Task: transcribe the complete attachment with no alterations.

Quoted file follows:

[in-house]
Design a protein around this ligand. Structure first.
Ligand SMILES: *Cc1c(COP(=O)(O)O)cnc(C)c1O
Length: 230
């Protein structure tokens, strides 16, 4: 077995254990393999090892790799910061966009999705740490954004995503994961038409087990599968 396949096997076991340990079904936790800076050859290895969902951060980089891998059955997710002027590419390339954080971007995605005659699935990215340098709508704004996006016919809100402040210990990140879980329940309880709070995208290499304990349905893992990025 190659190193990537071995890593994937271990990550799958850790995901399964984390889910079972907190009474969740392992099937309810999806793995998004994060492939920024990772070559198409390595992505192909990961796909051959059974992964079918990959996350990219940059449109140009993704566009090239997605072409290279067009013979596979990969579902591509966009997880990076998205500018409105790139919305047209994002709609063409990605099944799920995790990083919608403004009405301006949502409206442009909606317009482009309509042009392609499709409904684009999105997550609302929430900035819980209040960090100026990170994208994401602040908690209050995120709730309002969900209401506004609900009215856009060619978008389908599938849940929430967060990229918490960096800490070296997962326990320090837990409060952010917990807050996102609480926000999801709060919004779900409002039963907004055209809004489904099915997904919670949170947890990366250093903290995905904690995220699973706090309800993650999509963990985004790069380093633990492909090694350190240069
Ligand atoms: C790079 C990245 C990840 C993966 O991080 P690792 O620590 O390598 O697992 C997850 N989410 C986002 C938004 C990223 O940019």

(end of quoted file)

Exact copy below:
[in-house]
Design a protein around this ligand. Structure first.
Ligand SMILES: *Cc1c(COP(=O)(O)O)cnc(C)c1O
Length: 230
């Protein structure tokens, strides 16, 4: 077995254990393999090892790799910061966009999705740490954004995503994961038409087990599968 396949096997076991340990079904936790800076050859290895969902951060980089891998059955997710002027590419390339954080971007995605005659699935990215340098709508704004996006016919809100402040210990990140879980329940309880709070995208290499304990349905893992990025 190659190193990537071995890593994937271990990550799958850790995901399964984390889910079972907190009474969740392992099937309810999806793995998004994060492939920024990772070559198409390595992505192909990961796909051959059974992964079918990959996350990219940059449109140009993704566009090239997605072409290279067009013979596979990969579902591509966009997880990076998205500018409105790139919305047209994002709609063409990605099944799920995790990083919608403004009405301006949502409206442009909606317009482009309509042009392609499709409904684009999105997550609302929430900035819980209040960090100026990170994208994401602040908690209050995120709730309002969900209401506004609900009215856009060619978008389908599938849940929430967060990229918490960096800490070296997962326990320090837990409060952010917990807050996102609480926000999801709060919004779900409002039963907004055209809004489904099915997904919670949170947890990366250093903290995905904690995220699973706090309800993650999509963990985004790069380093633990492909090694350190240069
Ligand atoms: C790079 C990245 C990840 C993966 O991080 P690792 O620590 O390598 O697992 C997850 N989410 C986002 C938004 C990223 O940019």